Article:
Logic (dialectic) is the art of correct reasoning. The traditional text for teaching logic was Aristotle's Logic. Logic, from Classical Greek λόγος logos (the word), is the study of the principles and criteria of valid inference and demonstration. ... In classical philosophy, dialectic (Greek: διαλεκτική) is an exchange of propositions (theses) and counter-propositions (antitheses) resulting in a synthesis of the opposing assertions, or at least a qualitative transformation in the direction of the dialogue. ... Reasoning is the act of using reason to derive a conclusion from certain premises. ... Aristotle (Greek: Aristotélēs) (384 BC – March 7, 322 BC) was a Greek philosopher, a student of Plato and teacher of Alexander the Great. ... Aristotelian logic, also known as syllogistic logic, is the particular type of logic created by Aristotle, primarily in his works Prior Analytics and De Interpretatione. ...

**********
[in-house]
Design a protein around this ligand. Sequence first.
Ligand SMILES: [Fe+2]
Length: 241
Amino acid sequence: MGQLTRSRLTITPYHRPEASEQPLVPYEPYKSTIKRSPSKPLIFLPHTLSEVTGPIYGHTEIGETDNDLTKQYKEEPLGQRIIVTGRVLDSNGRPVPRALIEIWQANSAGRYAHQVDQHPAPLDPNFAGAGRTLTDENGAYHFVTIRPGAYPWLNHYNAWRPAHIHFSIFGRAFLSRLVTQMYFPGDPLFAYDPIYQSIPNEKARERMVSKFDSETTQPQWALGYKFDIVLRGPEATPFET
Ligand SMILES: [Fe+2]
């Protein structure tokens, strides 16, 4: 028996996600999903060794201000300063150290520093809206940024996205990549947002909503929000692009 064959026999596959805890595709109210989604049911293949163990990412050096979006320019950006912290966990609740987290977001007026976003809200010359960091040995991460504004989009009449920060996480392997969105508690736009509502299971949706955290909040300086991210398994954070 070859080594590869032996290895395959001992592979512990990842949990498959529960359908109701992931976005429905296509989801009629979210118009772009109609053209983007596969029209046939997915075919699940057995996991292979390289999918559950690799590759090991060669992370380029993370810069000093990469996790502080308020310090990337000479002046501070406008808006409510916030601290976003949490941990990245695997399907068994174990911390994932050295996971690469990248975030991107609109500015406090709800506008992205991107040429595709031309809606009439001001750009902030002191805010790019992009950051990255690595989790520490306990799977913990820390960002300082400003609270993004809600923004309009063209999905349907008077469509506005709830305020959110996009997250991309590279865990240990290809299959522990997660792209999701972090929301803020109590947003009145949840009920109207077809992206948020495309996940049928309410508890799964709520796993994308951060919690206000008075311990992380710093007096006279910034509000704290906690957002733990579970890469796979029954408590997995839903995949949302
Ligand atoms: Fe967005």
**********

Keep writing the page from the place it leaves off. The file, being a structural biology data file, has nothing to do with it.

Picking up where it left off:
Rhetoric debate and composition (which is the written form of rhetoric) are taught to somewhat older students, who by this point in their education have the concepts and logic to criticize their own work and persuade others. According to Aristotle "Rhetoric is the counterpart of dialectic." It is concerned with finding "all the available means of persuasion." The student has learned to reason correctly in the Logic stage so that they can now apply those skills to Rhetoric. Students would read and emulate classical poets such as Ovid and others in learning how to present their arguments well. Rhetoric (from Greek , rhêtôr, orator, teacher) is generally understood to be the art or technique of persuasion through the use of oral or written language; however, this definition of rhetoric has been contested since rhetoric emerged as a field of study in Universities. ... Aristotle (Greek: Aristotélēs) (384 BC – March 7, 322 BC) was a Greek philosopher, a student of Plato and teacher of Alexander the Great. ... Engraved frontispiece of George Sandyss 1632 London edition of Publius Ovidius Naso (Sulmona, March 20, 43 BC – Tomis, now Constanţa AD 17), a Roman poet known to the English-speaking world as Ovid, wrote on topics of love, abandoned women and mythological transformations. ...